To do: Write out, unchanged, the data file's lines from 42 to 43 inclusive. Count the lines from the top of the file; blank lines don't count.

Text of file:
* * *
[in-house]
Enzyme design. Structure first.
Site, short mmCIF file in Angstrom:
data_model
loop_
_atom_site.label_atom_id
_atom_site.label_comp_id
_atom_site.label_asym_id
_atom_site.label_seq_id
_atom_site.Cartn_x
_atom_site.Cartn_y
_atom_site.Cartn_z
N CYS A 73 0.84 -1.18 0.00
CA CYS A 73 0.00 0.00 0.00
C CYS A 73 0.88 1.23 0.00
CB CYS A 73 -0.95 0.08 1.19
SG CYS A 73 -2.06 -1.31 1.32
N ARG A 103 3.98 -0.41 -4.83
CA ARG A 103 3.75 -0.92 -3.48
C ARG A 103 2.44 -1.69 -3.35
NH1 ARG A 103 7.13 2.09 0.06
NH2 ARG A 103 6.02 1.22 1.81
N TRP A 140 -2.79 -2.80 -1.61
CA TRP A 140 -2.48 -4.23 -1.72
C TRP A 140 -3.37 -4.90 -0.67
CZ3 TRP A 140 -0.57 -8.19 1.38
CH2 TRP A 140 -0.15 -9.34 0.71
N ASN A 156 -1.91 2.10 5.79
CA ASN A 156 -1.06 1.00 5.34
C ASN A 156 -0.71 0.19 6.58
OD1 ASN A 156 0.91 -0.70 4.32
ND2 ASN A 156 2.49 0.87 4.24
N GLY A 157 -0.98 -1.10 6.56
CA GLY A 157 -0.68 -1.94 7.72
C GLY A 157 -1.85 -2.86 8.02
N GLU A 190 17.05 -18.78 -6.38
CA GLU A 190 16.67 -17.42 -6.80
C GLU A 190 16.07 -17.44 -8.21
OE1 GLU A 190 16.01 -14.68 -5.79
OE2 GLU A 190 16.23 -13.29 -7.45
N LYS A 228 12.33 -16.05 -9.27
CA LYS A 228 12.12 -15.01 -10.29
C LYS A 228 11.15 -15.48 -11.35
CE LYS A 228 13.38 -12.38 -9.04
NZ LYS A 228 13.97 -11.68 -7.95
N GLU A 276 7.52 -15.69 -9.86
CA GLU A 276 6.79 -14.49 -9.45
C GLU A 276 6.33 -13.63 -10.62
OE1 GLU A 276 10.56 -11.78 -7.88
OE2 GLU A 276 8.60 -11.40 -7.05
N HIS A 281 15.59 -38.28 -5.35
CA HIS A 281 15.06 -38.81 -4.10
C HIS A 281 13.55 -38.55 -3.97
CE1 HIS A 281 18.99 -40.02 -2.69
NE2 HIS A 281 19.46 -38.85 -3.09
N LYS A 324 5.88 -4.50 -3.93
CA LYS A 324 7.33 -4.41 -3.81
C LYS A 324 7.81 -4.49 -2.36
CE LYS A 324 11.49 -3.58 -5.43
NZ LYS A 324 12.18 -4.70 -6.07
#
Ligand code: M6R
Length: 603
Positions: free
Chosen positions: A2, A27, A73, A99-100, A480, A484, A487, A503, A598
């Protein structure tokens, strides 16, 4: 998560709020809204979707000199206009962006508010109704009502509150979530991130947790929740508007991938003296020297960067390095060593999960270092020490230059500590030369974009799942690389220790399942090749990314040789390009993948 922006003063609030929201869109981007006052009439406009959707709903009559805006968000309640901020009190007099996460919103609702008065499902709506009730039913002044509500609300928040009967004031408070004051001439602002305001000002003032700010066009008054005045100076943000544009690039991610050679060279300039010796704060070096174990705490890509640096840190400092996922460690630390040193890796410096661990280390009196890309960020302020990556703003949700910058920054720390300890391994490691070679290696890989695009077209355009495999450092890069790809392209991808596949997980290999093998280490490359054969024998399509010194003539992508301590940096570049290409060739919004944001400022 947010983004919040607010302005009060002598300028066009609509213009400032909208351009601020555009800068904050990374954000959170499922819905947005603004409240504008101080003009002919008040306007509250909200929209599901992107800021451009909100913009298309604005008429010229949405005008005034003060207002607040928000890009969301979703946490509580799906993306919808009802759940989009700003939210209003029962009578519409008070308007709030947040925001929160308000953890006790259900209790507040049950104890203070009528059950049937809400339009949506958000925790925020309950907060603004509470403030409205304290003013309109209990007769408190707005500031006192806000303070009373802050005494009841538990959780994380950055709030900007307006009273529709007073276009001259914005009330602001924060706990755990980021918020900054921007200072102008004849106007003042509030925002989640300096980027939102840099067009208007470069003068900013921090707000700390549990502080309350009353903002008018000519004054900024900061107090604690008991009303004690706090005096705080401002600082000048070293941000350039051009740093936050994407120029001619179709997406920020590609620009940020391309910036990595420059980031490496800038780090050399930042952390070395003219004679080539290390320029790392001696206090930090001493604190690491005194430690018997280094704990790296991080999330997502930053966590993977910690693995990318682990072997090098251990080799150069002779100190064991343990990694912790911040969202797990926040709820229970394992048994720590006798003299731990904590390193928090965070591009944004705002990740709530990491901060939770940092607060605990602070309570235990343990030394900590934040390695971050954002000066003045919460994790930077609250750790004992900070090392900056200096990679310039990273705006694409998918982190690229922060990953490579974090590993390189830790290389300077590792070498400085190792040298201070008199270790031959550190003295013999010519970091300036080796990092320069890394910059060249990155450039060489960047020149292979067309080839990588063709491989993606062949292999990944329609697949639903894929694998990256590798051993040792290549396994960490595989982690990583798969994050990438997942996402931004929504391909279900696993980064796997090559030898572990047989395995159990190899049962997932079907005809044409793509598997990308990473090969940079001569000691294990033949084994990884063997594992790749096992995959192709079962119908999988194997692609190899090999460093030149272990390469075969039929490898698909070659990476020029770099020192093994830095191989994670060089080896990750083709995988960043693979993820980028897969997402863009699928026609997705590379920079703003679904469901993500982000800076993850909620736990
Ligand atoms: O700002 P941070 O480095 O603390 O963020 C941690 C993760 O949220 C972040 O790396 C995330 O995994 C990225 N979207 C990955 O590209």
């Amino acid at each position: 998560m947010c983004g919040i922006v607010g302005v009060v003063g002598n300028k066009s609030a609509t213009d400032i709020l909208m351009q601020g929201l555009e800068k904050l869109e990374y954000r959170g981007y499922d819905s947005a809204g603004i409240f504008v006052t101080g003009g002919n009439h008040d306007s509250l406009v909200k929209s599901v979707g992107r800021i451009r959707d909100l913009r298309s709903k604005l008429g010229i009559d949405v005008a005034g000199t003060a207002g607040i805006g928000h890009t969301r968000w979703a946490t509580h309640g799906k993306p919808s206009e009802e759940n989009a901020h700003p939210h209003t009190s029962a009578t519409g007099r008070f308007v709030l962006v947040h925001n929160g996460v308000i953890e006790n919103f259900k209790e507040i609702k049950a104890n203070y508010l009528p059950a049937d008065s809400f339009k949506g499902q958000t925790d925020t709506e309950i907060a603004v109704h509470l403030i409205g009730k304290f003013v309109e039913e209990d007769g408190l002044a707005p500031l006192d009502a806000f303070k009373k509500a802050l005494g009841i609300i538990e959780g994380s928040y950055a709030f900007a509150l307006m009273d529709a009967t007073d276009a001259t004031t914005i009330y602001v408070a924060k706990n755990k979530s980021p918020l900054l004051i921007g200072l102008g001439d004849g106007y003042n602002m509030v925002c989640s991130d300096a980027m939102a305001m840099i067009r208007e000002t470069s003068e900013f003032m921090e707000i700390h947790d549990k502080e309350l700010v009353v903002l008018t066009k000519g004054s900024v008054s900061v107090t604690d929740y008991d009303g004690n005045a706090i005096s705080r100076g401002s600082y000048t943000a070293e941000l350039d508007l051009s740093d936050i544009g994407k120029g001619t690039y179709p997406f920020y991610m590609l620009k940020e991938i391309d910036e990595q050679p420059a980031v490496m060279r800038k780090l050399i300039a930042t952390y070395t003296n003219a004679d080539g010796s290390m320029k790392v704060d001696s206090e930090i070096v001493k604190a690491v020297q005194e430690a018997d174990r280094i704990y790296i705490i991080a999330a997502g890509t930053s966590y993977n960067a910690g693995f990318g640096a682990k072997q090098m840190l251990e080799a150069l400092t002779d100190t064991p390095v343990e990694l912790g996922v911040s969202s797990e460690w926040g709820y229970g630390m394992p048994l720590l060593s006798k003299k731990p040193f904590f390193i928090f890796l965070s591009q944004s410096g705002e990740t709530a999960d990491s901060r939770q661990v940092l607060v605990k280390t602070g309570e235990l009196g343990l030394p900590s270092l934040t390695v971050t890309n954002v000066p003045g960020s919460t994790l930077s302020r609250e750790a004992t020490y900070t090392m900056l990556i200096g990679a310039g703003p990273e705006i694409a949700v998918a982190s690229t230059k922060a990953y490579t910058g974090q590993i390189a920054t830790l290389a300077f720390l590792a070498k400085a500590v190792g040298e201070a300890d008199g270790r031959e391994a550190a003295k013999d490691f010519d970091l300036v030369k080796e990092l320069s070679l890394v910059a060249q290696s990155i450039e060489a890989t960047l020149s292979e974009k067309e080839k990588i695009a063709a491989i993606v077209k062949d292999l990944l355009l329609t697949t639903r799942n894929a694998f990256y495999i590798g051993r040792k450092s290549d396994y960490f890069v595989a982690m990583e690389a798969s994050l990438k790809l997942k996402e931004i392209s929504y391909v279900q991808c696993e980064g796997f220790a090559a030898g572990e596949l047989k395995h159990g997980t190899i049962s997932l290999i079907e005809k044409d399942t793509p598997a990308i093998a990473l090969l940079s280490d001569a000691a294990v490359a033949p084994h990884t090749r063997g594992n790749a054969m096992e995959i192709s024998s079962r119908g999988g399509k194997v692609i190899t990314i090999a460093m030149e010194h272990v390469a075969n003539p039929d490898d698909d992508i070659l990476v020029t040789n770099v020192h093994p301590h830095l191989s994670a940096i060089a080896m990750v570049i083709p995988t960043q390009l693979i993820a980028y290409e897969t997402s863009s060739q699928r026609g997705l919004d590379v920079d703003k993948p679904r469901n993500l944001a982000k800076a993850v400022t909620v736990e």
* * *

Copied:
CA LYS A 228 12.12 -15.01 -10.29
C LYS A 228 11.15 -15.48 -11.35